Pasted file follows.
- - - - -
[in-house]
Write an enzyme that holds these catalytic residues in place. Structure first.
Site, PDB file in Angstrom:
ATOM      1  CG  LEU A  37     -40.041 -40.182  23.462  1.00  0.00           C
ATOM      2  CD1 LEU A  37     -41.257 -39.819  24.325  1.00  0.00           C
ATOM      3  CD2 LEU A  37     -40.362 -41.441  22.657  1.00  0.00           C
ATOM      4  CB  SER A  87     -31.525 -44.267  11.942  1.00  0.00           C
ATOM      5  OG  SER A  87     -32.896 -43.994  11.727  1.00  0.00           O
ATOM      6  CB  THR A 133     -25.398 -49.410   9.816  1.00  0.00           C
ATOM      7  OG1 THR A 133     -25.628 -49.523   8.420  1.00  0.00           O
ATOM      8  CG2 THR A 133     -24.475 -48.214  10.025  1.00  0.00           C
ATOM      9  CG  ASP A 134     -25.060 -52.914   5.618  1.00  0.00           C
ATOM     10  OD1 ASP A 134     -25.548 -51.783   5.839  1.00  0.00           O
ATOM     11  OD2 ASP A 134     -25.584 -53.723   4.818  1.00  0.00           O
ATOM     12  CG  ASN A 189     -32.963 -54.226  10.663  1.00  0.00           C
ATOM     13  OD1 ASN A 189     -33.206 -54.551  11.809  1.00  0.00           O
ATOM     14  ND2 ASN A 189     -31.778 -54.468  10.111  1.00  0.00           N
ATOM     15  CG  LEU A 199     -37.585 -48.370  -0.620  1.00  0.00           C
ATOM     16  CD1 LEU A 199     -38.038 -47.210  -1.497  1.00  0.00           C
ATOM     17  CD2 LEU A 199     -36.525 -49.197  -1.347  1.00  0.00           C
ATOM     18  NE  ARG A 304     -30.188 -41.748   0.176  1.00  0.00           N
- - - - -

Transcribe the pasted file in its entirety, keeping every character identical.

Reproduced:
[in-house]
Write an enzyme that holds these catalytic residues in place. Structure first.
Site, PDB file in Angstrom:
ATOM      1  CG  LEU A  37     -40.041 -40.182  23.462  1.00  0.00           C
ATOM      2  CD1 LEU A  37     -41.257 -39.819  24.325  1.00  0.00           C
ATOM      3  CD2 LEU A  37     -40.362 -41.441  22.657  1.00  0.00           C
ATOM      4  CB  SER A  87     -31.525 -44.267  11.942  1.00  0.00           C
ATOM      5  OG  SER A  87     -32.896 -43.994  11.727  1.00  0.00           O
ATOM      6  CB  THR A 133     -25.398 -49.410   9.816  1.00  0.00           C
ATOM      7  OG1 THR A 133     -25.628 -49.523   8.420  1.00  0.00           O
ATOM      8  CG2 THR A 133     -24.475 -48.214  10.025  1.00  0.00           C
ATOM      9  CG  ASP A 134     -25.060 -52.914   5.618  1.00  0.00           C
ATOM     10  OD1 ASP A 134     -25.548 -51.783   5.839  1.00  0.00           O
ATOM     11  OD2 ASP A 134     -25.584 -53.723   4.818  1.00  0.00           O
ATOM     12  CG  ASN A 189     -32.963 -54.226  10.663  1.00  0.00           C
ATOM     13  OD1 ASN A 189     -33.206 -54.551  11.809  1.00  0.00           O
ATOM     14  ND2 ASN A 189     -31.778 -54.468  10.111  1.00  0.00           N
ATOM     15  CG  LEU A 199     -37.585 -48.370  -0.620  1.00  0.00           C
ATOM     16  CD1 LEU A 199     -38.038 -47.210  -1.497  1.00  0.00           C
ATOM     17  CD2 LEU A 199     -36.525 -49.197  -1.347  1.00  0.00           C
ATOM     18  NE  ARG A 304     -30.188 -41.748   0.176  1.00  0.00           N